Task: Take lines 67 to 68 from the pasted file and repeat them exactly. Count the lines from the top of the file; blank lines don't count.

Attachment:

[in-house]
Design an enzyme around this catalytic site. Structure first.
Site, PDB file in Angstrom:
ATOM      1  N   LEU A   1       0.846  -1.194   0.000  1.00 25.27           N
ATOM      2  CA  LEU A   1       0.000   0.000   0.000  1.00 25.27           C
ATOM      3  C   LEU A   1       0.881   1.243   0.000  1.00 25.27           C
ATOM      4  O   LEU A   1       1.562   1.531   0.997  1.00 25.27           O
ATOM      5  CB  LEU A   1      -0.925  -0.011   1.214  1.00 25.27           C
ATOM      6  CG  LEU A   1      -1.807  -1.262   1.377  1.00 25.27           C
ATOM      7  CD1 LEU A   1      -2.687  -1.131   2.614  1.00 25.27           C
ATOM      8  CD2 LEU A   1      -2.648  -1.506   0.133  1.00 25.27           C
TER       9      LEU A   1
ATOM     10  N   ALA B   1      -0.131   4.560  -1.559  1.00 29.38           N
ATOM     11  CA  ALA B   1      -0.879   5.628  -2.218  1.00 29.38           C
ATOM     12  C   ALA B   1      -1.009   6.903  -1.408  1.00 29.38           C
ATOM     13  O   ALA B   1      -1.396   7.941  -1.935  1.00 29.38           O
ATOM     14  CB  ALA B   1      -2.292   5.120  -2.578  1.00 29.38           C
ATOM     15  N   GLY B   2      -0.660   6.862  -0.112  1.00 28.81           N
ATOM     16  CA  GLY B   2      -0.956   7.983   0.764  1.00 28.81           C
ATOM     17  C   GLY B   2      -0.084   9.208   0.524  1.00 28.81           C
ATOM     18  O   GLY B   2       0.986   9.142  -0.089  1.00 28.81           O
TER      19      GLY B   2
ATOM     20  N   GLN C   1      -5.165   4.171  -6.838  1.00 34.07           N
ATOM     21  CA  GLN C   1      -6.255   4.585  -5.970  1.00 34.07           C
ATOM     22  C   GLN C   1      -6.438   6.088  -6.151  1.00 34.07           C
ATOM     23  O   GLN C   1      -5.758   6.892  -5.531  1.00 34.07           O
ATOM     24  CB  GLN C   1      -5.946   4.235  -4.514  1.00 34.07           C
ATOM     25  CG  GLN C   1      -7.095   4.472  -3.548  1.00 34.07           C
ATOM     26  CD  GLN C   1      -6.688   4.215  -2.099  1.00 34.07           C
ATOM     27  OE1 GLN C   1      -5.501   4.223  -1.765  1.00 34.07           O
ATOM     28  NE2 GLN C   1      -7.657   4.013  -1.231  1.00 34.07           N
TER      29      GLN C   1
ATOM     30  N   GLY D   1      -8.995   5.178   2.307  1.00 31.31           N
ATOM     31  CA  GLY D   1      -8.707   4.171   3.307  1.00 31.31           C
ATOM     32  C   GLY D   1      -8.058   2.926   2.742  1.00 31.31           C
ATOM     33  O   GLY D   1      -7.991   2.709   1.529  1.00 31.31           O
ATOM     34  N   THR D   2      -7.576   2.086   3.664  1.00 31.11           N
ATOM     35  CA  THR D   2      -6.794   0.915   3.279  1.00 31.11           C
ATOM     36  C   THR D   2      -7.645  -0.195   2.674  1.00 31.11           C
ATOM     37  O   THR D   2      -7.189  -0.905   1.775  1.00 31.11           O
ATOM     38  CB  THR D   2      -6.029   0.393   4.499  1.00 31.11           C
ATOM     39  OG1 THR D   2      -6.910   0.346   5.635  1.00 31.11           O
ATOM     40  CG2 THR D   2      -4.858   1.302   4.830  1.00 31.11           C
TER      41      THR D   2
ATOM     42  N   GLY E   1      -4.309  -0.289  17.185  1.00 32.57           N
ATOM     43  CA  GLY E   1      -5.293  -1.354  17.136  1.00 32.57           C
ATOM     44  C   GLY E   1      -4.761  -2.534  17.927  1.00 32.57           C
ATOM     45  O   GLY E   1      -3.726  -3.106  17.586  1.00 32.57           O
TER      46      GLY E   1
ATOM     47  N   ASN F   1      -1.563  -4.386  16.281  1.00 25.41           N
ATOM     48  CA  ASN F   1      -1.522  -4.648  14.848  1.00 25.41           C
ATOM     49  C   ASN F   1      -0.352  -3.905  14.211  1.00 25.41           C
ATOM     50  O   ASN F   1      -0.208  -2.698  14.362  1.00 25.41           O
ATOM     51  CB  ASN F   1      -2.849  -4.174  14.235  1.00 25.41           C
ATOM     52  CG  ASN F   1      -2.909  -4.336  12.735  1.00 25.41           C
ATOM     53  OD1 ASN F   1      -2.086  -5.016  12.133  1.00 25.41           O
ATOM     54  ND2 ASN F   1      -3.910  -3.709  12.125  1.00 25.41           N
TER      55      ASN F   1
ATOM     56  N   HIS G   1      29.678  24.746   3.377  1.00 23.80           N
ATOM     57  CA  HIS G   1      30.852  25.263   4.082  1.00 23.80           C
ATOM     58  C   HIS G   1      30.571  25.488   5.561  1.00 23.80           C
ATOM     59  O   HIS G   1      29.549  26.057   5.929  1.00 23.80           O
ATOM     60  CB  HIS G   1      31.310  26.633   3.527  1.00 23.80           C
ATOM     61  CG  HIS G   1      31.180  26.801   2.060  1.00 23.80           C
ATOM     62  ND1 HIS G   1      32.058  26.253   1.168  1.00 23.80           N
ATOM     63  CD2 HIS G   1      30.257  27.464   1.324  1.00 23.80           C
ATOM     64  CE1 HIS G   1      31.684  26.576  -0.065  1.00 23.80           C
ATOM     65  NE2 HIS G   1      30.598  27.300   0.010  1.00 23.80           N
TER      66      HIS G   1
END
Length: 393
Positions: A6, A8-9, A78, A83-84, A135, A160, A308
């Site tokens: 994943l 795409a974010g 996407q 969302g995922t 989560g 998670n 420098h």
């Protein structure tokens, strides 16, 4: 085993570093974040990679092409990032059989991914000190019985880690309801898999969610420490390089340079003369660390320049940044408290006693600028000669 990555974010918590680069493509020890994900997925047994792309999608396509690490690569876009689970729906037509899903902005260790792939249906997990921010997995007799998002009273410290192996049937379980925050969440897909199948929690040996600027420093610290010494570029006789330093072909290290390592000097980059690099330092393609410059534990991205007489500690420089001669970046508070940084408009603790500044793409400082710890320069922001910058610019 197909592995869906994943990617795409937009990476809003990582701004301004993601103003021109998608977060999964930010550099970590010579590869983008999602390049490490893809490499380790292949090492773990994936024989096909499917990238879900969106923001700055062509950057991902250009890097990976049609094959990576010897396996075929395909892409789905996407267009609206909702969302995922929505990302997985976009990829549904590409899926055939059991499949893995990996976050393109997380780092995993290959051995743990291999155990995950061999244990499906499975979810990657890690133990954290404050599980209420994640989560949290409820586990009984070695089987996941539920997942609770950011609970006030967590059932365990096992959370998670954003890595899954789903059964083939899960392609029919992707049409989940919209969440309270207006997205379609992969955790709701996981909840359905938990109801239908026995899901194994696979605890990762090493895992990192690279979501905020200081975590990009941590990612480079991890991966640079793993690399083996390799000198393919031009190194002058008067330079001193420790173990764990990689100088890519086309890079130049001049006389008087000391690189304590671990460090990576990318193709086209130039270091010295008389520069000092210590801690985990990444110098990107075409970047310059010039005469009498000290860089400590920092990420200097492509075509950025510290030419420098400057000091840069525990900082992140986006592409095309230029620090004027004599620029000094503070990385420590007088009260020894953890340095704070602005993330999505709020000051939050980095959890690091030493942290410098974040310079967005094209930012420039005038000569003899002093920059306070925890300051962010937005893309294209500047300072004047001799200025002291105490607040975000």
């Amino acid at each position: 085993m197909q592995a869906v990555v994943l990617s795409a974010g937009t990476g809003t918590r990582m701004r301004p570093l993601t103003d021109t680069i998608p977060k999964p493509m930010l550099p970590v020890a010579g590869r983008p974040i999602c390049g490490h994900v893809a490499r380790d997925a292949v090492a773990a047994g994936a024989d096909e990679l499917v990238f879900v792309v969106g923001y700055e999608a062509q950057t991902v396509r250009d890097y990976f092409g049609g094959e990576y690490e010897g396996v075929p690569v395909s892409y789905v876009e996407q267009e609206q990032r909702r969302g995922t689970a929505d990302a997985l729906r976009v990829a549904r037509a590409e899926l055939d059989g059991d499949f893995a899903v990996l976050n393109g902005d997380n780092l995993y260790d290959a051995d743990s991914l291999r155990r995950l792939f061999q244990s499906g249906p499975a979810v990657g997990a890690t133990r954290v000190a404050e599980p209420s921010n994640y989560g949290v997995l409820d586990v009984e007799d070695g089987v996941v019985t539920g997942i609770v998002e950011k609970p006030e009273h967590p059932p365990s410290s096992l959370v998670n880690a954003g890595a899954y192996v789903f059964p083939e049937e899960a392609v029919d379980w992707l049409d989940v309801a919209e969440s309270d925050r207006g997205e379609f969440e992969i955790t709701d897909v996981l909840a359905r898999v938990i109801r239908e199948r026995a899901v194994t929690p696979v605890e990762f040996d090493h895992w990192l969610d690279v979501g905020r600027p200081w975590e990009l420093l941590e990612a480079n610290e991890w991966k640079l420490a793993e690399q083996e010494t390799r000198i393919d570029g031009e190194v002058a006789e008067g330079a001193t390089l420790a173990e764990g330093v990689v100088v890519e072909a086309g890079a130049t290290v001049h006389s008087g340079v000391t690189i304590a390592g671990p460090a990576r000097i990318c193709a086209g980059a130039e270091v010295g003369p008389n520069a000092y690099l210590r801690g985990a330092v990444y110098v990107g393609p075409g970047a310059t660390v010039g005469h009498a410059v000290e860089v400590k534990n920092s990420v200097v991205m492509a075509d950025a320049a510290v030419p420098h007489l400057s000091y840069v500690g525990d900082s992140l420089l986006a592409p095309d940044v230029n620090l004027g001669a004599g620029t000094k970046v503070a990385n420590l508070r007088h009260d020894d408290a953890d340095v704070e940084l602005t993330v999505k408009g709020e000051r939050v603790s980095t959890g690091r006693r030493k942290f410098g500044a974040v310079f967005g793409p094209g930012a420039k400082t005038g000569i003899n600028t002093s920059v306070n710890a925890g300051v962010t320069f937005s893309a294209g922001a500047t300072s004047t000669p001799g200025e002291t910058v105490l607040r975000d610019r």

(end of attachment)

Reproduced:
ATOM     64  CE1 HIS G   1      31.684  26.576  -0.065  1.00 23.80           C
ATOM     65  NE2 HIS G   1      30.598  27.300   0.010  1.00 23.80           N